My Department is currently considering responses to our recent consultation on reform of the renewable heat incentive. As part of this consultation, we have engaged extensively with the relevant trade bodies and industry stakeholders to understand the impact of the proposed reforms, including, specifically, the impact on the biomass industry.
Currently, the biomass industry directly supports the jobs of 11,500 people, as well as 590 companies, across the UK. With that in mind, will the Minister explain the UK Government’s apparent lack of ambition with respect to the installation of biomass boilers, which will lead to job losses in this sector?
I am aware of the importance of the biomass industry to the hon. Gentleman, his constituency and, indeed, Scotland overall. That is why we are consulting on the issue to make sure that we are fair with the money we have and that we deliver best value for taxpayers. Small biomass has an important role to play. The RHI budget is in fact trebling by 2020-21. We remain committed to developing the RHI and biomass, and we will come back with responses in due course.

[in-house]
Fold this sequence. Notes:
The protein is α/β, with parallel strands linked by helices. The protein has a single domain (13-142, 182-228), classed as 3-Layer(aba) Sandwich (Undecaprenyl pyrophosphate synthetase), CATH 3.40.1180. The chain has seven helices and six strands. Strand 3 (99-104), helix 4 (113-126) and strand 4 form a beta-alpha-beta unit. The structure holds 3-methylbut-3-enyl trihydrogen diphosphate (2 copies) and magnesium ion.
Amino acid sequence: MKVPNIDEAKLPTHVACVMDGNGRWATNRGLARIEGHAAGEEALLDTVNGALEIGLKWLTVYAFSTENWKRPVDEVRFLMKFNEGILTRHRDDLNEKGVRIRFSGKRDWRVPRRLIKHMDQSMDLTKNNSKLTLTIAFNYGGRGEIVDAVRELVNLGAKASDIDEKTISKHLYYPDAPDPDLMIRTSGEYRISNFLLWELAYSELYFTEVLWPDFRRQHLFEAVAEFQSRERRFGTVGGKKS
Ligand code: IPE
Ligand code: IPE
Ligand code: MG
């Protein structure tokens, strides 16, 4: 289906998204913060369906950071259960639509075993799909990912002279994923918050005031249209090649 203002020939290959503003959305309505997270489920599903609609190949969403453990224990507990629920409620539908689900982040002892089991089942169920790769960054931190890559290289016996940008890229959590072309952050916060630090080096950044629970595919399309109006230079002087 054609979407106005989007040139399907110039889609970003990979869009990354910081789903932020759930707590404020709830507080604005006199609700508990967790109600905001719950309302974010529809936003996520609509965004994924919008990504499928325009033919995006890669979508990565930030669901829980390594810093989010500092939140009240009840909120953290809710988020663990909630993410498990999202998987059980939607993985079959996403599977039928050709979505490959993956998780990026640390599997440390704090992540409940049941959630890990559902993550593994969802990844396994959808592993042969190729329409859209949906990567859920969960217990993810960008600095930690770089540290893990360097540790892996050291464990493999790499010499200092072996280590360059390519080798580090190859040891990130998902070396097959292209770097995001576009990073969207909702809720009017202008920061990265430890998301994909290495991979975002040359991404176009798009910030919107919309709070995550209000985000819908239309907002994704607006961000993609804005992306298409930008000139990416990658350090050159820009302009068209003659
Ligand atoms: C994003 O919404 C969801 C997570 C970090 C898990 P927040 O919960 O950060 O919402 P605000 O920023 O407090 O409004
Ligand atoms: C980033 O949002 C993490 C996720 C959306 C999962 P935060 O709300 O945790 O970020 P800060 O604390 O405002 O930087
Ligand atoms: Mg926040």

Oil and Gas: North Sea
17. What steps she is taking to increase exploration for oil and gas in the North sea. 
This year the Government have pulled out all the stops to support the oil and gas sector. This includes a fiscal package worth £1.3 billion over five years, £20 million for new seismic surveys and, of course, our core policy of establishing the Oil and Gas Authority, whose job is to maximise economic recovery from the North sea. This is a vital UK industry, and we are totally committed to keeping the UK continental shelf as an attractive destination for investment, securing hundreds of thousands of jobs.